Construction at Bayview Station is underway to establish a connection point between the LRT Confederation Line and the existing O-Train Trillium Line. Photo: Sarah Tsounis, Centretown News

LRT delay will cause bus fallout: Hubley

By Sarah Tsounis

Now that the completion of Ottawa’s light-rail transit (LRT) line is delayed nearly six months to the end of November, Kanata South Coun. Allan Hubley said he’s concerned the ongoing transition of bus services will exacerbate transit delays for west-end commuters.

The OC Transpo website states “bus routes are changing to simplify routing and provide convenient connections to the O-Train” since the Confederation Line will replace many buses currently routed through downtown Ottawa.

But according to Hubley, his Kanata South residents are now experiencing transit delays of up to 30 minutes on routes such as No. 256, which runs from Bridlewood to Mackenzie King Bridge at the Rideau Centre, due to these route changes.

“Most of them were supposed to not change the commute at all or maybe two or three minutes added onto your commute,” he said. “I think most people looked at that as, ‘OK, if this is just a short-term transition piece and by May the trains will be running, and I’ll be back to a normal 30, 45-minute commute versus an hour-and-a-half, then OK.’

“But now with the delay in the train, I want them to go and fix the problems on these routes,” Hubley said.

LRT builder Rideau Transit Group was supposed to hand over the system to the city on May 24, 2018 for safety tests and inspection before opening to the public early July. But the group recently informed the city that the June 2016 Rideau Street sinkhole put construction off-track.

Completion has been pushed back to November, and Mayor Jim Watson says the LRT will be ready for public service by the end of that month.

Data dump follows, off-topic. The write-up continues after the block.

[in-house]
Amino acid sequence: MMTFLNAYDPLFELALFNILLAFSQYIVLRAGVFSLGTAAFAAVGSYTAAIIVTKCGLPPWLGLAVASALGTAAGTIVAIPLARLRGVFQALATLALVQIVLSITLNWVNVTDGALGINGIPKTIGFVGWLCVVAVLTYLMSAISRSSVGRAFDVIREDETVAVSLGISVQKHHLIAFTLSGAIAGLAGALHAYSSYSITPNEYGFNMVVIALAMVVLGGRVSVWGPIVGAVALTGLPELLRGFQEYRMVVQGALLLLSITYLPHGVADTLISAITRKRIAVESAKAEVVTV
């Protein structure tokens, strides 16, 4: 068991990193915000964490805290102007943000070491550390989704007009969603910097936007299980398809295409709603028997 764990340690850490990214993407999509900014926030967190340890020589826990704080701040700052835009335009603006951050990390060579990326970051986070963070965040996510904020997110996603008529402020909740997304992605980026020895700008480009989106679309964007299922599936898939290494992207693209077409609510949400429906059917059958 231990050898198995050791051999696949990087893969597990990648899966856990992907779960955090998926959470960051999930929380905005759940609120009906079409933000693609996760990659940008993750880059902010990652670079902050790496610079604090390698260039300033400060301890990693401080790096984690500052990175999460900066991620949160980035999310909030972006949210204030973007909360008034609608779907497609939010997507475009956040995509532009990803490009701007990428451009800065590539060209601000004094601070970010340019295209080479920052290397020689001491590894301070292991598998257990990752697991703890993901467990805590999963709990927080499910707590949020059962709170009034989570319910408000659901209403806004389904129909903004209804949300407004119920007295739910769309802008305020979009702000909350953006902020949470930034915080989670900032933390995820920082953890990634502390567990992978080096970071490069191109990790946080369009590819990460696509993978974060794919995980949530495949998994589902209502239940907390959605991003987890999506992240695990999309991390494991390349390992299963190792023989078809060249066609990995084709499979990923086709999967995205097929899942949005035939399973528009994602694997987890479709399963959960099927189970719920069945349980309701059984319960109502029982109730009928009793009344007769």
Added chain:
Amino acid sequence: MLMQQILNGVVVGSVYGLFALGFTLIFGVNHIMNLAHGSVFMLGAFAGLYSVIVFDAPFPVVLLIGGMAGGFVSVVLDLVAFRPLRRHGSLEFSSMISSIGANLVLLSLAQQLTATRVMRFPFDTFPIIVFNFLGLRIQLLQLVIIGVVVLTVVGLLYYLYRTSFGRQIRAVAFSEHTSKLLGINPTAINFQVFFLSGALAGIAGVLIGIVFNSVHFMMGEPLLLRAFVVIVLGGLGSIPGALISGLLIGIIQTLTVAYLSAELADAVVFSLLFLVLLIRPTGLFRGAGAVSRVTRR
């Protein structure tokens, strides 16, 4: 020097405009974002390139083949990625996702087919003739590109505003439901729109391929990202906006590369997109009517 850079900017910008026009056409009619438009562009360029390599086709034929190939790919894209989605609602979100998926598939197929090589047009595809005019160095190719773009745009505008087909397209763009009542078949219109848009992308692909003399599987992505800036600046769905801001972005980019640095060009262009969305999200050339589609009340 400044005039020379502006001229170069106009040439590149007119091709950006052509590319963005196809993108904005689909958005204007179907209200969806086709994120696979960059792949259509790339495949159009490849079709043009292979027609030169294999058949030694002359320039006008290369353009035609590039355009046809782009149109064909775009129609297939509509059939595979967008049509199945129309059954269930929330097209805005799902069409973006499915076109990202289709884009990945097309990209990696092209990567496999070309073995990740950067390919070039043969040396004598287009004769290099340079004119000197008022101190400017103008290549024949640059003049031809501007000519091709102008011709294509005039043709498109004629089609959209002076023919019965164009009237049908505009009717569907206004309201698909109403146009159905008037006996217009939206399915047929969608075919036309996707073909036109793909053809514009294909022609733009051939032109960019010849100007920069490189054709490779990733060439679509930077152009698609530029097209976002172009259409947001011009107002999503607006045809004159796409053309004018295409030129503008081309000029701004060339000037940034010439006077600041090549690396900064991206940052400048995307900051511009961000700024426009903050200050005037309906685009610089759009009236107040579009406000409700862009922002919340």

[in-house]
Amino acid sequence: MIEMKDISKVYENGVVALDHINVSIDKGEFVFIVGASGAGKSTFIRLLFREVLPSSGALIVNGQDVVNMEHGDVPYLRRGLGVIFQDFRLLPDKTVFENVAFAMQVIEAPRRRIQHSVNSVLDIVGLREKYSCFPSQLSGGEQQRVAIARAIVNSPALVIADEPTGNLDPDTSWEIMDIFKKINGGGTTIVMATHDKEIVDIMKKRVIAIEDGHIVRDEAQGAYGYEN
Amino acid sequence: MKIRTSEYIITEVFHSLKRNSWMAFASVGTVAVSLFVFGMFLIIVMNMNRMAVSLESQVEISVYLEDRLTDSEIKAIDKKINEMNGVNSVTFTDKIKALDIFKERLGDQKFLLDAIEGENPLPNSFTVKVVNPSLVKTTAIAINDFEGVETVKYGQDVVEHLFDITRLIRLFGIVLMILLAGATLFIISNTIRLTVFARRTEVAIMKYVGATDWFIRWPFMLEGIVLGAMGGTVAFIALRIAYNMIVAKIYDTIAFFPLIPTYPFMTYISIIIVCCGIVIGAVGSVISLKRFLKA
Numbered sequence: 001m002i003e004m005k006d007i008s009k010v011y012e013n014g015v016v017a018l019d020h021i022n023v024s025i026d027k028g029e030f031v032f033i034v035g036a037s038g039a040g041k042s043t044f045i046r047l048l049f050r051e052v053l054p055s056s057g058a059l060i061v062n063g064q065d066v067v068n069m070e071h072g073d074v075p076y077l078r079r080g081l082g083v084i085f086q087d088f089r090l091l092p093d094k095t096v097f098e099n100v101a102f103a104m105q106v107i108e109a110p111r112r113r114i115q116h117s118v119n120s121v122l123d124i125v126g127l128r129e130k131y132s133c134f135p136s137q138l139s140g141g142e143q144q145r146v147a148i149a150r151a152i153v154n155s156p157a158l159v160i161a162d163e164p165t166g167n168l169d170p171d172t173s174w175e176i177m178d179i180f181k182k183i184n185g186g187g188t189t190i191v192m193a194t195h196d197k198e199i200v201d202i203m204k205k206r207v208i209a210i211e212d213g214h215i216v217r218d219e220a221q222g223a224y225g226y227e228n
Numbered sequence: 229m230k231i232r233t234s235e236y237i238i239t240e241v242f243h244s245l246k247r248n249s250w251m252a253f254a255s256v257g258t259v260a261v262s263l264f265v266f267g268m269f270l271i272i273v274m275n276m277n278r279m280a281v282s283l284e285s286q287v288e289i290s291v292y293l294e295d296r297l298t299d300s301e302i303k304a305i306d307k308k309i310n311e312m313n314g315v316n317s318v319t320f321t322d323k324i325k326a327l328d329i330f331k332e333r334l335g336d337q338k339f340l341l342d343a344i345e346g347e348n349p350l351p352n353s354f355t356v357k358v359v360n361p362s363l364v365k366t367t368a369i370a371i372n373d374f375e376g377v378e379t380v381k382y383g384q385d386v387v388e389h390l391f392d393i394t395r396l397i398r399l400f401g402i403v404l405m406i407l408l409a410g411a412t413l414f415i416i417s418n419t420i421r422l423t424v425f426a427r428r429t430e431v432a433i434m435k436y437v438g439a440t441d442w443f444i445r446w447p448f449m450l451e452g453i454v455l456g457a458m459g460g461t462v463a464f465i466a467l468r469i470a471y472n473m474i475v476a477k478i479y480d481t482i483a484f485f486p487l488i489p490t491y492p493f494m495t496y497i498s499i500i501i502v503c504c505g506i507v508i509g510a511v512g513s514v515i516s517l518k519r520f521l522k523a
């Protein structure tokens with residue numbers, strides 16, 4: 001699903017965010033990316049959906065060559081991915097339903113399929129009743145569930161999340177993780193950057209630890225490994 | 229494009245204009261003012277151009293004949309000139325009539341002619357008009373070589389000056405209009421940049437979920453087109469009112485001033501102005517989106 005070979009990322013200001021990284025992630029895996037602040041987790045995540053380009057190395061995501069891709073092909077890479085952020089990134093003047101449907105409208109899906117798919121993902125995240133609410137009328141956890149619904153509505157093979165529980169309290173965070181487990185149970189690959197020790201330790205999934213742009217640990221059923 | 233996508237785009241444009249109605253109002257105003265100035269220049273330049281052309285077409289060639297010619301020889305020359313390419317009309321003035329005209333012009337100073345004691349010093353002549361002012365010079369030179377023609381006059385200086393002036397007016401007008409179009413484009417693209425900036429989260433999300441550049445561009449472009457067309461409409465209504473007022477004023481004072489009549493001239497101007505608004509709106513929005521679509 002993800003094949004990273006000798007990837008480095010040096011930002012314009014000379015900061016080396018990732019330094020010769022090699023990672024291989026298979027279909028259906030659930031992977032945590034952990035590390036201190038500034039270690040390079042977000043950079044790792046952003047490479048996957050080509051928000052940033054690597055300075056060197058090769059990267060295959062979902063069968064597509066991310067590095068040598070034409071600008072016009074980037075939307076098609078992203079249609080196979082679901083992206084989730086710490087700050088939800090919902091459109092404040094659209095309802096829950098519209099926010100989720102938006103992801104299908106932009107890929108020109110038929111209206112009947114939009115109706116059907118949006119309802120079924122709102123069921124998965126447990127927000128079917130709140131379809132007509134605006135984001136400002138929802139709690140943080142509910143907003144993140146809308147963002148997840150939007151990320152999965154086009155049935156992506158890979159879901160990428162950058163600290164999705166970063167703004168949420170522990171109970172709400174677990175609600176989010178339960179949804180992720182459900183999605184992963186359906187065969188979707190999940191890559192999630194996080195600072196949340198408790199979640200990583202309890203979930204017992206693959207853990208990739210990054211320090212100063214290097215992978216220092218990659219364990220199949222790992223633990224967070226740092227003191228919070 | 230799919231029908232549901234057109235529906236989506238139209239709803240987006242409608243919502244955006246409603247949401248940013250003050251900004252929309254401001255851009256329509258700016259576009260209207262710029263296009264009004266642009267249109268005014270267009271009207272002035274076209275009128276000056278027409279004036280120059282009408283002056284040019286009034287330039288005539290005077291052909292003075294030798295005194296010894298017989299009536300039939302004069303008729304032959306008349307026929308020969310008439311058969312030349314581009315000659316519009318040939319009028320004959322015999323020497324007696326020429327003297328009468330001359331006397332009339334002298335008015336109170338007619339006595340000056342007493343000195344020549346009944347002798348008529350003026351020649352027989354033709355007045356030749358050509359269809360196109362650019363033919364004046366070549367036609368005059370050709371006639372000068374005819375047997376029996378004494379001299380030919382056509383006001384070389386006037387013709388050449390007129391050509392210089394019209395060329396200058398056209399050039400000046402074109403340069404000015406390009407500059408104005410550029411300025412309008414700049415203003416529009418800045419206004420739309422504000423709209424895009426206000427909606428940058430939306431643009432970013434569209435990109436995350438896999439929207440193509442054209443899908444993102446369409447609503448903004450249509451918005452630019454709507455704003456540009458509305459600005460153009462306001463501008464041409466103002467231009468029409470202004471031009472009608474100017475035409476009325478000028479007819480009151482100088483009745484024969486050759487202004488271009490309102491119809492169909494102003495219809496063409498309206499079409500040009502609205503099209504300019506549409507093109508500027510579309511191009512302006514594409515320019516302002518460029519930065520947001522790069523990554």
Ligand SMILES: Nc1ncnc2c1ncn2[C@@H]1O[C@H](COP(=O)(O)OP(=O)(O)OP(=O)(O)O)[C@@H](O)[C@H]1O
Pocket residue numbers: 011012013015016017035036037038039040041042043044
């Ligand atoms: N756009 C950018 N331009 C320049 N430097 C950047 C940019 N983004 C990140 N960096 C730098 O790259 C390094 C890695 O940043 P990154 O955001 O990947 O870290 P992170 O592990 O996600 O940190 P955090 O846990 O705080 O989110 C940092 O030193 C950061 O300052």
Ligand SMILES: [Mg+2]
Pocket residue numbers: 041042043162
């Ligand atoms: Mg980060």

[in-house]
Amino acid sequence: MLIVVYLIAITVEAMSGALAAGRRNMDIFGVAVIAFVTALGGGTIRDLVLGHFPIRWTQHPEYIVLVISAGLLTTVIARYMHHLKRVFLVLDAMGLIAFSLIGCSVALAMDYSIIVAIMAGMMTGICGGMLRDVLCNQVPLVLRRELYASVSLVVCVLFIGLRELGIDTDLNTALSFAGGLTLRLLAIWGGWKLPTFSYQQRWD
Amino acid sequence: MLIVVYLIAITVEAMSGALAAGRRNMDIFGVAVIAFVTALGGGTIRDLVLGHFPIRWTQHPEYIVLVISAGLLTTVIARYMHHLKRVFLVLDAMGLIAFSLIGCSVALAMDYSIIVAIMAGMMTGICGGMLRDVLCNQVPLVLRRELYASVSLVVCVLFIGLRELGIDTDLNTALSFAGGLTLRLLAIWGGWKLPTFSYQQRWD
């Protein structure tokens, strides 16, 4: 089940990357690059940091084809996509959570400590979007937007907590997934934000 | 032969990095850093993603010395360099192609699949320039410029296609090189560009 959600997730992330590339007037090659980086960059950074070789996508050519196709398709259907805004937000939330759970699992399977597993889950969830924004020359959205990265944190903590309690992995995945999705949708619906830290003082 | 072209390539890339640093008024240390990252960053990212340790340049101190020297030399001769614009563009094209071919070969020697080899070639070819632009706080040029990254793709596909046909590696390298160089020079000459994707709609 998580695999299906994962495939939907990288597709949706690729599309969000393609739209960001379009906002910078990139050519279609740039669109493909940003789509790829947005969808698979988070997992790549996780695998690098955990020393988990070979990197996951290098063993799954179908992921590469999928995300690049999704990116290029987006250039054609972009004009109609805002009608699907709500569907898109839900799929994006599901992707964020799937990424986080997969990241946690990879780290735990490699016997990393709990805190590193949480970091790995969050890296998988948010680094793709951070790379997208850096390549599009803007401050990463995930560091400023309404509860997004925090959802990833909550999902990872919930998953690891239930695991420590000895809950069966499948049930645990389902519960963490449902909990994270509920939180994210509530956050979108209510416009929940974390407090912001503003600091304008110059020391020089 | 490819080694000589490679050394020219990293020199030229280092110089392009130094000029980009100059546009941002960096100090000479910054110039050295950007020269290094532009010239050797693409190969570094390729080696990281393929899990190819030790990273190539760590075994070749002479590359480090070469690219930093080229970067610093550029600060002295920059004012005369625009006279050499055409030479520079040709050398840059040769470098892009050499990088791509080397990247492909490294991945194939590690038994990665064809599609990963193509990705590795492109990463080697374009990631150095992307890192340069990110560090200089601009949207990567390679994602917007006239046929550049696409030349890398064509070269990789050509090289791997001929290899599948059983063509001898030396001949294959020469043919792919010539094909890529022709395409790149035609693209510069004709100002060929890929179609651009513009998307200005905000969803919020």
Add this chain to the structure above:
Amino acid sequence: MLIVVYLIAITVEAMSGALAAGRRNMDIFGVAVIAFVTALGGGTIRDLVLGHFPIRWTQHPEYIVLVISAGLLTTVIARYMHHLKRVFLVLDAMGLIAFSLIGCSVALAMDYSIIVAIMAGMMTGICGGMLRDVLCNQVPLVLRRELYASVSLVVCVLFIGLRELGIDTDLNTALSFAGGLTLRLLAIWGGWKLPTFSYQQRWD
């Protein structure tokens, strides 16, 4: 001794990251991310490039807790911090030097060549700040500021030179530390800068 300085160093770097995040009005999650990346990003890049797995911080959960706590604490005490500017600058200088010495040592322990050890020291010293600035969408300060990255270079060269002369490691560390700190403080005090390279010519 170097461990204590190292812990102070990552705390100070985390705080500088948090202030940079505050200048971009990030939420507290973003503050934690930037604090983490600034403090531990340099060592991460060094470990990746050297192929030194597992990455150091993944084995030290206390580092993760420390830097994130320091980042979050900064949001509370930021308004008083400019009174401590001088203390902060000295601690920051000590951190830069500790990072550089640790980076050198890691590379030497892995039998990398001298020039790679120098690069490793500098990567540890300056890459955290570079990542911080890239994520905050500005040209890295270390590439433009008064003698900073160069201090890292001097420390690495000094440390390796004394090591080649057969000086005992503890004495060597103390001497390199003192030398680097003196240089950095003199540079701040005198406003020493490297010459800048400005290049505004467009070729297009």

In the meantime, Pat Scrimgeour, director of transit customer systems and planning at the city, said in an email that “providing a reliable service” for OC Transpo’s bus system is a top priority.

“Snow days, and the resulting heavy traffic, have contributed to some of the issues reported. On the few days without road congestion and/or inclement weather, travel times have been similar to what was observed prior to the December 2017 service changes,” Scrimgeour wrote.

Trevor Haché, vice-president of the Healthy Transportation Coalition of Ottawa, commutes into the city from Kanata via route 61 every day. But he said he has not experienced any major route delays due to the closure of the Transitway for LRT construction.

“There is a general feeling that there are needed improvements to the transportation system in Ottawa,” he said. “A lot of focus is shifted toward the suburban areas in getting people from the suburbs into the downtown core for their jobs and then back out to the suburbs again, and what a lot of people have noticed is that for those neighbourhood routes, the service of public transit has really declined.”

At a finance and economic development committee meeting on Feb. 6, John Manconi, the city’s transit chief, told Hubley the transit times would be addressed moving forward.